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Novel Polymorphic Multilocus Microsatellite Markers to Distinguish Candida tropicalis Isolates

  • Xin Fan ,

    Contributed equally to this work with: Xin Fan, Meng Xiao, Ping Liu

    Affiliations Department of Clinical Laboratory, Peking Union Medical College Hospital, Chinese Academy of Medical Sciences, Beijing, China, Graduate School, Peking Union Medical College, Chinese Academy of Medical Sciences, Beijing, China

  • Meng Xiao ,

    Contributed equally to this work with: Xin Fan, Meng Xiao, Ping Liu

    Affiliation Department of Clinical Laboratory, Peking Union Medical College Hospital, Chinese Academy of Medical Sciences, Beijing, China

  • Ping Liu ,

    Contributed equally to this work with: Xin Fan, Meng Xiao, Ping Liu

    Affiliation Department of Clinical Laboratory, Tianjin First Centre Hospital, Tianjin, China

  • Sharon Chen,

    Affiliation Centre for Infectious Diseases and Microbiology Laboratory Services, Westmead Hospital, Darcy Road, Westmead, New South Wales, Australia

  • Fanrong Kong,

    Affiliation Centre for Infectious Diseases and Microbiology Laboratory Services, Westmead Hospital, Darcy Road, Westmead, New South Wales, Australia

  • He Wang,

    Affiliation Department of Clinical Laboratory, Peking Union Medical College Hospital, Chinese Academy of Medical Sciences, Beijing, China

  • Li Zhang,

    Affiliation Department of Clinical Laboratory, Peking Union Medical College Hospital, Chinese Academy of Medical Sciences, Beijing, China

  • Xin Hou,

    Affiliations Department of Clinical Laboratory, Peking Union Medical College Hospital, Chinese Academy of Medical Sciences, Beijing, China, Graduate School, Peking Union Medical College, Chinese Academy of Medical Sciences, Beijing, China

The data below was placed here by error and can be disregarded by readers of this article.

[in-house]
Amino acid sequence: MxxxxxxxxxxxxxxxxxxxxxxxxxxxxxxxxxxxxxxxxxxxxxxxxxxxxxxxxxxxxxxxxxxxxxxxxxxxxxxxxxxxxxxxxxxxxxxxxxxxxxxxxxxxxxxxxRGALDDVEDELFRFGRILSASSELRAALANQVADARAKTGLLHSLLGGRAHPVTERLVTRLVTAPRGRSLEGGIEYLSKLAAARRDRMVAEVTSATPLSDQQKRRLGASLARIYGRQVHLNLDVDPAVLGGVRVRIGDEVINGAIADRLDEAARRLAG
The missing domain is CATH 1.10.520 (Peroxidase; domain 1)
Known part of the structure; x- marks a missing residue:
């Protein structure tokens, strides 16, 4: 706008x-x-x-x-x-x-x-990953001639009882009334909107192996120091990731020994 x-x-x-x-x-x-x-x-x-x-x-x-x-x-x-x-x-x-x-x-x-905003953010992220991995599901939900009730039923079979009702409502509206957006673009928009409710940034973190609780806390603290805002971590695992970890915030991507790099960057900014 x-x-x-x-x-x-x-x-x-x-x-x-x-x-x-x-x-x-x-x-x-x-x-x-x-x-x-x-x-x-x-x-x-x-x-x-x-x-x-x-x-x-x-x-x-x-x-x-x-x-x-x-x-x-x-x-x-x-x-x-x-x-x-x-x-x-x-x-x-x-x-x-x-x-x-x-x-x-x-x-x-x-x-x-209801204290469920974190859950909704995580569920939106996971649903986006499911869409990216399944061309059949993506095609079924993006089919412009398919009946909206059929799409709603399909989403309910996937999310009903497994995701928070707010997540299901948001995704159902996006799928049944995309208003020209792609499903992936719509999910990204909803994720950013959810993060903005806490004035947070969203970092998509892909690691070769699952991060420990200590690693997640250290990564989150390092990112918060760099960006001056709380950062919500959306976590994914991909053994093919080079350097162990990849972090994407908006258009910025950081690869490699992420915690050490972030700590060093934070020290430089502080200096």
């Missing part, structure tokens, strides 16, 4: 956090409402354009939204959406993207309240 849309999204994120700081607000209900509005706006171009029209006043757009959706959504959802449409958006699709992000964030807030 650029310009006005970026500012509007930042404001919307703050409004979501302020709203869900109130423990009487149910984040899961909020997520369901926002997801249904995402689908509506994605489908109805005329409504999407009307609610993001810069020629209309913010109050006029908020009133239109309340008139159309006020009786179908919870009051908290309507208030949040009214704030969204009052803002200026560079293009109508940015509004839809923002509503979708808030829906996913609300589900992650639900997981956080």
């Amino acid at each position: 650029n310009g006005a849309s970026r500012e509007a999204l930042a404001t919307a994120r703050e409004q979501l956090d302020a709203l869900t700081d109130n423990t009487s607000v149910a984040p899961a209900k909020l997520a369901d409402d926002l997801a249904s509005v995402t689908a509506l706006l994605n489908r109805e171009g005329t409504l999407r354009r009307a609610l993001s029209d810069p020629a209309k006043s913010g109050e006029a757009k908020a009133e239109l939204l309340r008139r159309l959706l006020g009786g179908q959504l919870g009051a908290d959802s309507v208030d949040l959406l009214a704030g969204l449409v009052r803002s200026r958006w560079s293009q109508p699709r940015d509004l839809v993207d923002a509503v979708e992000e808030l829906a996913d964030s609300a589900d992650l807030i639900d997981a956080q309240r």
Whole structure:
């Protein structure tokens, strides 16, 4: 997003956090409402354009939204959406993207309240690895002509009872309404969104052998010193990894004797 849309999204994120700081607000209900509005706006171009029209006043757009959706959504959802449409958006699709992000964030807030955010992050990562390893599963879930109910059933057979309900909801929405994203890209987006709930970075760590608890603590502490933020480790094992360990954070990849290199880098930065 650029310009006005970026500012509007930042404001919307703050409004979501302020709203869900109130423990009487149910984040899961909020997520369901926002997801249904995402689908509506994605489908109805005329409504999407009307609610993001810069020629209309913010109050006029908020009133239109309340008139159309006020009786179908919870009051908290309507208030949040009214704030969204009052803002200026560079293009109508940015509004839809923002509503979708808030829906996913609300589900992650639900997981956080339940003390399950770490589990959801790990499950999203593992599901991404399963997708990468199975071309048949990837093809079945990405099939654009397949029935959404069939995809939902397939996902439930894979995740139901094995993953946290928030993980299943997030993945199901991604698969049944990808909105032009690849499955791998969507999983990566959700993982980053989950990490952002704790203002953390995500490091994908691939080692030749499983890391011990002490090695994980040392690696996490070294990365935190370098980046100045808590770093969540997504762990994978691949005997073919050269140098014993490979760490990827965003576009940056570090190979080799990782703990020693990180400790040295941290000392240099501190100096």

• Ying-Chun Xu

    xycpumch@139.com

    Affiliation Department of Clinical Laboratory, Peking Union Medical College Hospital, Chinese Academy of Medical Sciences, Beijing, China

Novel Polymorphic Multilocus Microsatellite Markers to Distinguish Candida tropicalis Isolates

  • Xin Fan, 
  • Meng Xiao, 
  • Ping Liu, 
  • Sharon Chen, 
  • Fanrong Kong, 
  • He Wang, 
  • Li Zhang, 
  • Xin Hou, 
  • Ying-Chun Xu
PLOS
x

Abstract

Candida tropicalis is an important pathogen. Here we developed and evaluated a polymorphic multilocus microsatellite scheme employing novel genetic markers for genotyping of C. tropicalis. Using 10 isolates from 10 unique (separate) patients to screen over 4000 tandem repeats from the C. tropicalis genome (strain MYA-3404), six new candidate microsatellite loci (ctm1, ctm3, ctm8, ctm18, ctm24 and ctm26) were selected according to amplification success, observed polymorphisms and stability of flanking regions by preliminary testing. Two known microsatellite loci CT14 and URA3 were also studied. The 6-locus scheme was then tested against a set of 82 different isolates from 32 patients. Microsatellite genotypes of isolates from the same patient (two to five isolates per patient) were identical. The six loci produced eight to 17 allele types and identified 11 to 24 genotypes amongst 32 patients’ isolates, achieving a discriminatory power (DP) of 0.76 to 0.97 (versus 0.78 for both CT14 and URA3 loci, respectively). Testing of a combination of only three loci, ctm1, ctm3 and ctm24, also achieved maximum typing efficiency (DP = 0.99, 29 genotypes). The microsatellite typing scheme had good correlation compared with pulsed-field gel electrophoresis, although was slightly less discriminatory. The new six-locus microsatellite typing scheme is a potentially valuable tool for genotyping and investigating microevolution of C. tropicalis.